US 4104895 A
An improved steering column ignition lock protective device having a casing with a shackle pivotally attached at a first end of the casing with a bolt lock positioned at a second end of the casing adapted to engage through an aperture in the shackle when the device is positioned around a steering column.
1. A vehicle steering column lock protective device comprising:
a casing having a base, first and second parallel sidewalls affixed to said base, and first and second ends affixed to said base and said sidewalls;
a u-shaped shackle having a first and second end, the first end of said shackle pivotally mounted at the first end of said casing, and at least one shackle aperture defined within said shackle in proximity to said shackle's second end;
said casing having defined therein an ignition key lock receptacle area in a central portion thereof between said sidewalls, a shackle insertion slot centrally located in the base of said casing proximal to said casing's second end, a casing insert aperture proximal to said casing's second end and adjacent to said second sidewall, a lock receipt aperture in said first sidewall proximal to said casing's second end, a female receptacle slot in said base at the bottom of said casing insert aperture, a screw aperture in said second sidewall adjacent to said casing insert aperture, and a gearshift receptacle slot formed by an angular indentation in said casing and first sidewall proximal to said casing's second end below said lock receipt aperture and to the side of said shackle insertion slot;
a casing insert adapted for insertion into said casing insert aperture;
a lock member of the push-to-lock, key release type having a lock bolt and lock flange member, said lock member adapted to be inserted within said lock receipt aperture from the direction of said casing insert aperture when said casing insert is not inserted therein, said lock bolt and lock flange facing said casing insert aperture, said lock flange adapted to be affixed to a portion of said first sidewall adjacent said casing insert aperture;
lock flange means for affixation of said lock flange to said casing, the mechanical fastening of said lock flange means for affixation effected through said screw aperture; and
said casing insert further having a male extension portion at its base adapted to mate with said female receptacle slot at the bottom of said casing insert aperture, said casing insert further having defined therein a bolt receiving aperture and a screw receipt aperture, said casing insert being adapted for insertion into said casing insert aperture so as to be spaced apart from said lock flange a distance sufficient to allow said shackle to pass there between with said bolt receiving aperture opposite said lock bolt; and after said insertion, said casing insert to be affixable in position by casing insert means of affixation inserted through said screw aperture in said second sidewall engaging into said casing insert's screw receipt aperture so that when said shackle is in a closed position and said push-to-lock, key release lock is depressed, said lock bolt passes through said shackle aperture and into said bolt receiving aperture of said casing insert thereby retaining said casing insert in said casing insert aperture when locked even if said casing insert means of affixation inserted through said casing screw aperture engaging said casing insert should otherwise be removed.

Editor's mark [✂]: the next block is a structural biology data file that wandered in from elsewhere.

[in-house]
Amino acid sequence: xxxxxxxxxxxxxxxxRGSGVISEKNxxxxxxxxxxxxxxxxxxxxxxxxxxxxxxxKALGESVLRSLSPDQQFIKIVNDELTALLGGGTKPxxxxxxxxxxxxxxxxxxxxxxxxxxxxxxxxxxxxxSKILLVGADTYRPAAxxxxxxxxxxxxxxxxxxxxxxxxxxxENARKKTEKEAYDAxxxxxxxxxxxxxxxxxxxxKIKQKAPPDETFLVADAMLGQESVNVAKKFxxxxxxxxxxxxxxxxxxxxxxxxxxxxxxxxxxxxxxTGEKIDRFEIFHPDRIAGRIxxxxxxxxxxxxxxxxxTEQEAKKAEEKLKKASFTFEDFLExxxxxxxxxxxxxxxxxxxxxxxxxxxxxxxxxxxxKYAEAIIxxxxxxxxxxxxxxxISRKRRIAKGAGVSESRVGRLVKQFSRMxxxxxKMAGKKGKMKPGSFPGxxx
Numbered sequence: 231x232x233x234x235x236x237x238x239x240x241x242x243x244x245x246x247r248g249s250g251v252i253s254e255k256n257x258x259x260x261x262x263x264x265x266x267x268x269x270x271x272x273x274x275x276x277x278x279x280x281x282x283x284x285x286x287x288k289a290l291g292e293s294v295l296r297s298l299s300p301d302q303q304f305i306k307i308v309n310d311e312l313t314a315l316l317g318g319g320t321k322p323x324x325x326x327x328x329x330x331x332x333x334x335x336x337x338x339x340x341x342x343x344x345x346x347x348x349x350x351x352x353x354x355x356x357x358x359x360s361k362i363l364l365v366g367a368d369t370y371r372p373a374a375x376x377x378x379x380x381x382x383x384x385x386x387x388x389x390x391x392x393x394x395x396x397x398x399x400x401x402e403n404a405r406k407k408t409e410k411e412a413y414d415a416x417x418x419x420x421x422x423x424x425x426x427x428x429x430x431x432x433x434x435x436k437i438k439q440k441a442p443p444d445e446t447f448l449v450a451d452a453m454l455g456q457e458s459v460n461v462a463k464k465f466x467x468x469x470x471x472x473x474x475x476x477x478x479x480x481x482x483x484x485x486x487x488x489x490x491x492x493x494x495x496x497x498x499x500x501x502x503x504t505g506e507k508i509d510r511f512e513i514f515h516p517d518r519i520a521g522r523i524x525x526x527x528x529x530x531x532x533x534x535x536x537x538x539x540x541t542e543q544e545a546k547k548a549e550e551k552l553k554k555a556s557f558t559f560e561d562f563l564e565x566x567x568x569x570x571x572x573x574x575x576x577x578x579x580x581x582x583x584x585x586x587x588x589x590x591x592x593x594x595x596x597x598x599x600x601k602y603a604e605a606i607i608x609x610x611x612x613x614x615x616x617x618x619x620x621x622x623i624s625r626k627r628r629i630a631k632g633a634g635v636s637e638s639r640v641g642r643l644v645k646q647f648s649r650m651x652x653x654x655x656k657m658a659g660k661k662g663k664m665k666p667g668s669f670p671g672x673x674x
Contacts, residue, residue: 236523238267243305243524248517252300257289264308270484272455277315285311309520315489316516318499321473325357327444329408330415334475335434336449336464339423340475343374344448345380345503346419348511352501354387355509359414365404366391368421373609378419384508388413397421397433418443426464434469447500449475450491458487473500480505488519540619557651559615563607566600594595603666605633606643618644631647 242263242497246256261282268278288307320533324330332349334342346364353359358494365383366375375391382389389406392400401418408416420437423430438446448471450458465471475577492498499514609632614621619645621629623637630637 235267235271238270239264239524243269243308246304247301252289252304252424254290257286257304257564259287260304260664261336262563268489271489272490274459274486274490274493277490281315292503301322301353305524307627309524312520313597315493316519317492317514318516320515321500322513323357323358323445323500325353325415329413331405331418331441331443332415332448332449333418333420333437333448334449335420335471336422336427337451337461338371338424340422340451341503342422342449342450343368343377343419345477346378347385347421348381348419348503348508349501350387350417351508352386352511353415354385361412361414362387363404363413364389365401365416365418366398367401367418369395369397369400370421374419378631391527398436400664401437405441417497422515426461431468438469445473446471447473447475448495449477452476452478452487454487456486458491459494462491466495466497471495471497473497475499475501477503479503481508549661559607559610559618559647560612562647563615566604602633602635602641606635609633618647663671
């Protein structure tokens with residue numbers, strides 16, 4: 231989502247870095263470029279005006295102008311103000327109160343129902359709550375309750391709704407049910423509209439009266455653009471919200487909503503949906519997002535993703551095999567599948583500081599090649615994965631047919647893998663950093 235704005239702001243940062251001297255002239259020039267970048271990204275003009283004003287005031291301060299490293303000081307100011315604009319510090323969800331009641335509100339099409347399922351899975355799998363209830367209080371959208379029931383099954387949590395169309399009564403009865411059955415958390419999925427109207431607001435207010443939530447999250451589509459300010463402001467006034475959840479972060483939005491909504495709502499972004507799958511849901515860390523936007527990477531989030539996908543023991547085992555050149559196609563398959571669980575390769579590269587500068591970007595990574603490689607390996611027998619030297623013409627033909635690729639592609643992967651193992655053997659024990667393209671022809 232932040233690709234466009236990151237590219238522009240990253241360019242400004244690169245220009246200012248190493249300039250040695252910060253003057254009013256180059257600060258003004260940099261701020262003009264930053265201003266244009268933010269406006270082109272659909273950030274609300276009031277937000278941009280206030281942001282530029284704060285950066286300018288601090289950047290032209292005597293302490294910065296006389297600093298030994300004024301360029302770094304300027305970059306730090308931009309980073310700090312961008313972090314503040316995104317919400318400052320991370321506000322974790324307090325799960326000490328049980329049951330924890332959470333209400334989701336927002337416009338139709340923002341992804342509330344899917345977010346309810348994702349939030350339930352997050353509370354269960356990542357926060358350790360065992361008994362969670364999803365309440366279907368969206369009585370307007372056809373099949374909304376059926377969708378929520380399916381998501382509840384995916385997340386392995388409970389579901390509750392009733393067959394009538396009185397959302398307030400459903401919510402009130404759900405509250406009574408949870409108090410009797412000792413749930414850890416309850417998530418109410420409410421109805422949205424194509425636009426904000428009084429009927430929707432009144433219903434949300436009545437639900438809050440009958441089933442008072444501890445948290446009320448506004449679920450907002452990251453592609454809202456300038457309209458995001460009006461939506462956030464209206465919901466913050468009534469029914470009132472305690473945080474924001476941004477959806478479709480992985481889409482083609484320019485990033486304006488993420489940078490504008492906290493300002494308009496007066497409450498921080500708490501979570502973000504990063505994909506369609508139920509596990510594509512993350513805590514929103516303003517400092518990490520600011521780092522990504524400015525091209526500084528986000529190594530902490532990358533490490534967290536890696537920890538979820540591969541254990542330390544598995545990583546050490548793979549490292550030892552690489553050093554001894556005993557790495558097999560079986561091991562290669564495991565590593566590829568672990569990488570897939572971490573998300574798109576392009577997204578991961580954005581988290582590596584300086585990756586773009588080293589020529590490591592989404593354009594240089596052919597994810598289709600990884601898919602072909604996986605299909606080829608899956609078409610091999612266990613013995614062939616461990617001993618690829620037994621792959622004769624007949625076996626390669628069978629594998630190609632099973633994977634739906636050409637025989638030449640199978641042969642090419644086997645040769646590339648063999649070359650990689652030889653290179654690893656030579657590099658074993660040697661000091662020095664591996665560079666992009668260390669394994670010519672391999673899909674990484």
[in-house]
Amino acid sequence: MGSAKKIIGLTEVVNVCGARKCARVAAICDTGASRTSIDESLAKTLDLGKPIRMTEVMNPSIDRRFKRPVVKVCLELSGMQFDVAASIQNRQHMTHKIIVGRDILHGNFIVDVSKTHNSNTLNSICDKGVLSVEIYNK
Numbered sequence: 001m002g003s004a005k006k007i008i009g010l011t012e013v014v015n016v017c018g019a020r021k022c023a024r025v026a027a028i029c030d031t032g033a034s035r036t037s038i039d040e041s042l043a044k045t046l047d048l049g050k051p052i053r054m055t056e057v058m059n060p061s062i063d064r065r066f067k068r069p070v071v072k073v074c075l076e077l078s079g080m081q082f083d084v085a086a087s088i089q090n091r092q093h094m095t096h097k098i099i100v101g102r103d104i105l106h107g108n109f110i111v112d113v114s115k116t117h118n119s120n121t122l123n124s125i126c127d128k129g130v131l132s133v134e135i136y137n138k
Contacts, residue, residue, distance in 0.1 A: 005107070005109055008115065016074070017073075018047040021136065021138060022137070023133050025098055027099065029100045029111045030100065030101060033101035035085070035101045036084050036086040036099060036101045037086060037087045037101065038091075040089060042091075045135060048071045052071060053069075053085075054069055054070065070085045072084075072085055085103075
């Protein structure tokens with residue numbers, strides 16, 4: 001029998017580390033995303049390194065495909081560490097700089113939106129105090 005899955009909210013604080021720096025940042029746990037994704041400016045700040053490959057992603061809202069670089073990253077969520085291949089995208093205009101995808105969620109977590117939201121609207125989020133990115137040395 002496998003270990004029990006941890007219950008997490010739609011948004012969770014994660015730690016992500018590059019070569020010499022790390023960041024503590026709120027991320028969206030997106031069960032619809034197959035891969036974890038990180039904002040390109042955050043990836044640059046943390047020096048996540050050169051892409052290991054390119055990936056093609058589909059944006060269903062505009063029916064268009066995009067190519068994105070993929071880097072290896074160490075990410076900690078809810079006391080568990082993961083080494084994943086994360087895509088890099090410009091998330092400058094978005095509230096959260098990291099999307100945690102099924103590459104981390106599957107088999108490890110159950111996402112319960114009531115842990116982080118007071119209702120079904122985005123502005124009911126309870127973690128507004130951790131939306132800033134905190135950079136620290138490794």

2. The device of claim 1 wherein said shackle is planar, being sufficiently thin so as to avoid contact with protrusions on said steering column.
The device of this invention relates to theft prevention of motor vehicles and more particularly relates to a protective device positioned over a steering column ignition lock for the prevention of tampering therewith.
At present there are several devices now utilized for the protection of a vehicle's steering column ignition lock. These devices commonly have members which encircle the steering column as it is well-known that many car thieves utilize dent removers to remove the lock assembly by inserting them into the ingnition locks of vehicles and are thereby able to start the cars. It has been found that devices that encircle the steering column and cover the ignition lock prevent the insertion of such dent removing devices, keys, or other devices used by car thieves. Examples of such car theft prevention devices which are patented are numerous and include U.S. Pat. No. Des.227,547 to Bodan. More extensive and complex devices in this area are disclosed in U.S. Pat. Nos. 3,665,738 to Pescuma et al; 3,811,303 to Robertson; 3,948,069 to Imbriano; and 3,916,658 to Barry. All of these patents disclose devices with means for covering all or portions of the ignition key lock assembly and include locking means for for the devices to be held upon the steering column. Some of the aforementioned patented devices have relatively complex structures which can be costly to produce. The Pescuma patent and the Robertson patent rely on padlocks which have certain disadvantages in that they are accessible for a thief to attempt picking or cutting through the hasp. The Imbriano device discloses an internal key lock mechanism within the device itself with the key hole facing the dashboard. This feature has the advantage in that it is difficult for a thief to pick a lock that is facing away from him and, with limited space in which to operate, it would be difficult for a thief to use a dent puller as such devices require room in which to be manipulated.
It is an object of this invention to disclose an improved vehicle steering column ignition lock protective device of simple and economic construction able to be utilized on a variety of different motor vehicles without modification.